Last November’s WSJ’s had a Jason Zweig article in which he reminded us of Charles Mackay’s ’41 book on market bubbles, whose title serves as this post’s title. He pointed out how the author himself was fooled, just shortly after his book was published, in believing the “absurdly unrealistic projections of future growth” for railway stocks. Others, too, who have cautioned against bubbles often fall victim.
Investing is often equivalent to the “prisoner’s dilemma,” from game theory. Just recall for a moment how housing took off. Didn’t you see at least one property whose value appeared completely absurd to you? But, the reality was that the price continued to rise! And so, were you the fool for not buying at the “absurdly high” price, but still below what it ultimately sold for (before tumbling)? Academic research has many articles on this topic, but as I recall, knowing you’re in a bubble can be very difficult (impossible, perhaps?), and there is even debate as to whether you can tell when a bubble occurred!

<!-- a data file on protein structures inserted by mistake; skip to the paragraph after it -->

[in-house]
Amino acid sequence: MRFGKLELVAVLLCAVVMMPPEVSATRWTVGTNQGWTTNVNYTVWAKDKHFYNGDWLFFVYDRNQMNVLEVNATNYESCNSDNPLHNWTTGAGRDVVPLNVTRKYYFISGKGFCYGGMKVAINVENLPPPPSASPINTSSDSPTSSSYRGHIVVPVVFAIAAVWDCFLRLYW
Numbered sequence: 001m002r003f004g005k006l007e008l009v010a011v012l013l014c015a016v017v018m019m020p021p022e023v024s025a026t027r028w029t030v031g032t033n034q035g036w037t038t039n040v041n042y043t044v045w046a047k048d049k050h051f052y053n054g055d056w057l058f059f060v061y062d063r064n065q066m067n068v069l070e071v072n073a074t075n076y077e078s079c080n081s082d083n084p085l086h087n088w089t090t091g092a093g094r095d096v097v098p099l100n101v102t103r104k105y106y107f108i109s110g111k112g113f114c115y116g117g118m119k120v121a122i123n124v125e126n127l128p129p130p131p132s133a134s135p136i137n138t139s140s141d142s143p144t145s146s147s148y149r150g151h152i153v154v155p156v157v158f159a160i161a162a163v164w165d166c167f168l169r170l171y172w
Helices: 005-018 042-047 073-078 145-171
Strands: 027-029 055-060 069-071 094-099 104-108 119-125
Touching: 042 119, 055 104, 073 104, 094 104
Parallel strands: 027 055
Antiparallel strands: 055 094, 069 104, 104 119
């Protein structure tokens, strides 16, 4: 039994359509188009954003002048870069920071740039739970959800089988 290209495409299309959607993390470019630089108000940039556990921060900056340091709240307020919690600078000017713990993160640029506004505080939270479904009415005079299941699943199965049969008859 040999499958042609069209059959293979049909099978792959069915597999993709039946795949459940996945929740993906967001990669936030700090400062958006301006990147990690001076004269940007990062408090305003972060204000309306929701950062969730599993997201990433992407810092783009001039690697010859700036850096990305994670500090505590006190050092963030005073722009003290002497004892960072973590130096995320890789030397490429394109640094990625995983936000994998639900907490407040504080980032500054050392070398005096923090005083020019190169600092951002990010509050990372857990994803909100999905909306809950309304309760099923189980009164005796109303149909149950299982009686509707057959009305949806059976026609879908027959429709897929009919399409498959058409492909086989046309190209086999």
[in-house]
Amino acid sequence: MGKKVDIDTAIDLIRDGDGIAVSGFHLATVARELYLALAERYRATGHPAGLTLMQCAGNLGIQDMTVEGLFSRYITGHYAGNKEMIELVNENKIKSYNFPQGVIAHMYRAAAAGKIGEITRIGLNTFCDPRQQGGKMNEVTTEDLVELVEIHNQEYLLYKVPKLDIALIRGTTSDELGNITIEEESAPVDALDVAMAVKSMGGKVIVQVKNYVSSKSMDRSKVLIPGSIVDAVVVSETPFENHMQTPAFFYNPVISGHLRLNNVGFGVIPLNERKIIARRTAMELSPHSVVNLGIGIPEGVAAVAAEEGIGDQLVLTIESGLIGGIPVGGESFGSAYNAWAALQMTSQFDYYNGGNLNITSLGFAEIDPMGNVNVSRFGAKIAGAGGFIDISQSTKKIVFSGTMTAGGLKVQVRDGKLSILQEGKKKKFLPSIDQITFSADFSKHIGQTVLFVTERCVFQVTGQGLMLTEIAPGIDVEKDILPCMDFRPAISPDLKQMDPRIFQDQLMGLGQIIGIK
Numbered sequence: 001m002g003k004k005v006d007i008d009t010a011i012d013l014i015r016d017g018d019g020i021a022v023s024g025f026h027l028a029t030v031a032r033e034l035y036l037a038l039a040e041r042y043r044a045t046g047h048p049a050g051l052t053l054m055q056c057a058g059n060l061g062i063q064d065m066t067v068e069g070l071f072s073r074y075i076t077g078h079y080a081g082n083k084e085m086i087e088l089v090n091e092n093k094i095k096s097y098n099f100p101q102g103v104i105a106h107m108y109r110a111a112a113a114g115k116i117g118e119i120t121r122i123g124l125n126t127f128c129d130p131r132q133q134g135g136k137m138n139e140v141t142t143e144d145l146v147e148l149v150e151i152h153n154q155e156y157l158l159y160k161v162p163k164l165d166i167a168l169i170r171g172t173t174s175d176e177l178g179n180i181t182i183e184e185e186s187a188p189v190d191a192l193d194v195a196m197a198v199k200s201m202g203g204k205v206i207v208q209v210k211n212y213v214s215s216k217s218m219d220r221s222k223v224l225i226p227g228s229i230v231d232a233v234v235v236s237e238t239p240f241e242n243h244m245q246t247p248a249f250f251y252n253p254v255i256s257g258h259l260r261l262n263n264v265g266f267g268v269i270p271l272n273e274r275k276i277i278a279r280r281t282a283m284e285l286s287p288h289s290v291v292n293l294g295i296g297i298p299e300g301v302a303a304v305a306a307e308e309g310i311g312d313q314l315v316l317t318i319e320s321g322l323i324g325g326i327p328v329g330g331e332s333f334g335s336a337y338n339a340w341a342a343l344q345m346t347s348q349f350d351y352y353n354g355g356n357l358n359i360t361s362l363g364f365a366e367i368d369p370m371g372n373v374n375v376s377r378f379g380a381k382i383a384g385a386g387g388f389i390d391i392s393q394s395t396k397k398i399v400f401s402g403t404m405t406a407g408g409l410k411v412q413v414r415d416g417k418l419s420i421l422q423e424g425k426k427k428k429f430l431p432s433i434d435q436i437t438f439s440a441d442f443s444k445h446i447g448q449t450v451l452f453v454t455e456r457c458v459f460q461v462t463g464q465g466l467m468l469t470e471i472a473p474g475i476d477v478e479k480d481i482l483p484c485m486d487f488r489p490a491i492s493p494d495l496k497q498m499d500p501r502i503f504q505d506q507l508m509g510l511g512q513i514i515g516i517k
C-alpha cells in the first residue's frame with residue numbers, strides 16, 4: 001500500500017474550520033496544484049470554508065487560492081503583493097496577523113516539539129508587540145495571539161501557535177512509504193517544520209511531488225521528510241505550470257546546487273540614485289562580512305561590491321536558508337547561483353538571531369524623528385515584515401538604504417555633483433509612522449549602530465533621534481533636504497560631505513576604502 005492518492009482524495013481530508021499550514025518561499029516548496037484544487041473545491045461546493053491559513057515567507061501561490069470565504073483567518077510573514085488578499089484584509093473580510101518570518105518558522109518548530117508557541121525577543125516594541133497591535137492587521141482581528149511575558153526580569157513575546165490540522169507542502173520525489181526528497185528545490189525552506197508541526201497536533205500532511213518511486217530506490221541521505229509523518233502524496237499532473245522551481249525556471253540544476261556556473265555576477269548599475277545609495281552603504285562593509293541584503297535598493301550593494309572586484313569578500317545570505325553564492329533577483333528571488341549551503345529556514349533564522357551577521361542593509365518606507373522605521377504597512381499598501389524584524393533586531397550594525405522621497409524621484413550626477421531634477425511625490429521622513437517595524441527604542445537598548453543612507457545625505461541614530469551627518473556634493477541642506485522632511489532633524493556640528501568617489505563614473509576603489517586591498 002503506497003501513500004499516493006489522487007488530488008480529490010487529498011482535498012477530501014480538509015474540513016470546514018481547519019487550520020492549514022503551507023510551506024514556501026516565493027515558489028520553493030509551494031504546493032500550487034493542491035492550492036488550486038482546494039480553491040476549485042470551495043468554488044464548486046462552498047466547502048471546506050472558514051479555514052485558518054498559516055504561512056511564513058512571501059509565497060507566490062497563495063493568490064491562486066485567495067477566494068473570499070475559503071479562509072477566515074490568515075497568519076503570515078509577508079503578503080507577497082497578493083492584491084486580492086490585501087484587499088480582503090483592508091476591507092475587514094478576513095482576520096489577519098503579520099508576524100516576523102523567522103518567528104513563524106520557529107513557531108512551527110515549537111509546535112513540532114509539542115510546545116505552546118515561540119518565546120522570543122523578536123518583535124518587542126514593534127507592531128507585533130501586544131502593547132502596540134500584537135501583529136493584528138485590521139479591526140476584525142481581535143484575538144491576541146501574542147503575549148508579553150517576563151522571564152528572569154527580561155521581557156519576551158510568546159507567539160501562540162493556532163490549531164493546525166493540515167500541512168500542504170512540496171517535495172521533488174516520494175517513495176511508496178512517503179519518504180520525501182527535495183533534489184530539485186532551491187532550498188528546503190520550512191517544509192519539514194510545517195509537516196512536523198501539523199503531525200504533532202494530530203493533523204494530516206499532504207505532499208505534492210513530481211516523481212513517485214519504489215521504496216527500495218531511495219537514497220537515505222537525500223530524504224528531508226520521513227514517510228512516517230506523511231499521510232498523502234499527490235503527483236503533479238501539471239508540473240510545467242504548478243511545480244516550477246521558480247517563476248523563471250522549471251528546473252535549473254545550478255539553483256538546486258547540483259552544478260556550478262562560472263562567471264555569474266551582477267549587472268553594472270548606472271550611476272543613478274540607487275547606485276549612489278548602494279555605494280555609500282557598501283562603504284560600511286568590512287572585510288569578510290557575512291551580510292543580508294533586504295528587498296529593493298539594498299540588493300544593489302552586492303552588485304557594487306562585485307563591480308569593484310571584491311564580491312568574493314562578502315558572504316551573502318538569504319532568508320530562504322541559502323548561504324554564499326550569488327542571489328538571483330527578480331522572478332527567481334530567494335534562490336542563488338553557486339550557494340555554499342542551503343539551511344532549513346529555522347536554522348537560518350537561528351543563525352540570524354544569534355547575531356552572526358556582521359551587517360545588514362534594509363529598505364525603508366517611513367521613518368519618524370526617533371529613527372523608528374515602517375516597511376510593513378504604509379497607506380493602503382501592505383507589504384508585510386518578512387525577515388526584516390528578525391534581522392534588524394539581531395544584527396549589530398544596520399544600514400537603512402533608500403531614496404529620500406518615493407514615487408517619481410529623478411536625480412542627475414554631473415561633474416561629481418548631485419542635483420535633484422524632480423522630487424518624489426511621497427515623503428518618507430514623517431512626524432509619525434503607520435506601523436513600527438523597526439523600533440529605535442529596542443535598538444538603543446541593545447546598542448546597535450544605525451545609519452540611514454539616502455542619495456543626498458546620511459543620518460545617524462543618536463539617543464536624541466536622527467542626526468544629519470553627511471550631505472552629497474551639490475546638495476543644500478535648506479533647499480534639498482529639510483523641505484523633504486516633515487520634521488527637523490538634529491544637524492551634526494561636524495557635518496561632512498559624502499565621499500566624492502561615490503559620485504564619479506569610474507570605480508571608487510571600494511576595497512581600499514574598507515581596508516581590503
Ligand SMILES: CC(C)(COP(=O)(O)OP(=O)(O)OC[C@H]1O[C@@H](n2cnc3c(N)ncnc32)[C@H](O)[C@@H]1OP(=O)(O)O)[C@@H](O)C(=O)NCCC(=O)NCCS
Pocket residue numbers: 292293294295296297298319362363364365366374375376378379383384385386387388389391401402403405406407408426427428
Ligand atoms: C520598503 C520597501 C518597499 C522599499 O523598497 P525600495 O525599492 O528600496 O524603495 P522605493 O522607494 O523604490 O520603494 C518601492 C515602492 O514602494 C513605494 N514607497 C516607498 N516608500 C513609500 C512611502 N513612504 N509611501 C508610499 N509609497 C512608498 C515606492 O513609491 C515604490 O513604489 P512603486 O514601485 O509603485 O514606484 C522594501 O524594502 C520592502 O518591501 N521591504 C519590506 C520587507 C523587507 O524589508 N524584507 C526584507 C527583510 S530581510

No one wants to miss out on a rising market; to watch your friends accumulate great wealth (on their investments in growth stocks, real estate, or even tulips) can be quite depressing. Thus the dilemma.
What one has to be wary of are those who make fantastic claims about the future. Unfortunately “outlandish claims” only appear outlandish after the fact. We often experience what seems to be outlandish, only later to find out that it wasn’t; likewise, what seems to make sense often does not. Surely many would have thought it outlandish to think that the esteemed veteran of Wall Street, Bernie Madoff, would have been a crook, or that OJ Simpson a murderer. And who would have thought that the Jets would have won the Superbowl in 1969, or for that matter, the Giants this year (after their less than stellar regular season).
More fuel, perhaps, for a challenge to placing too much stock in any one’s predictions.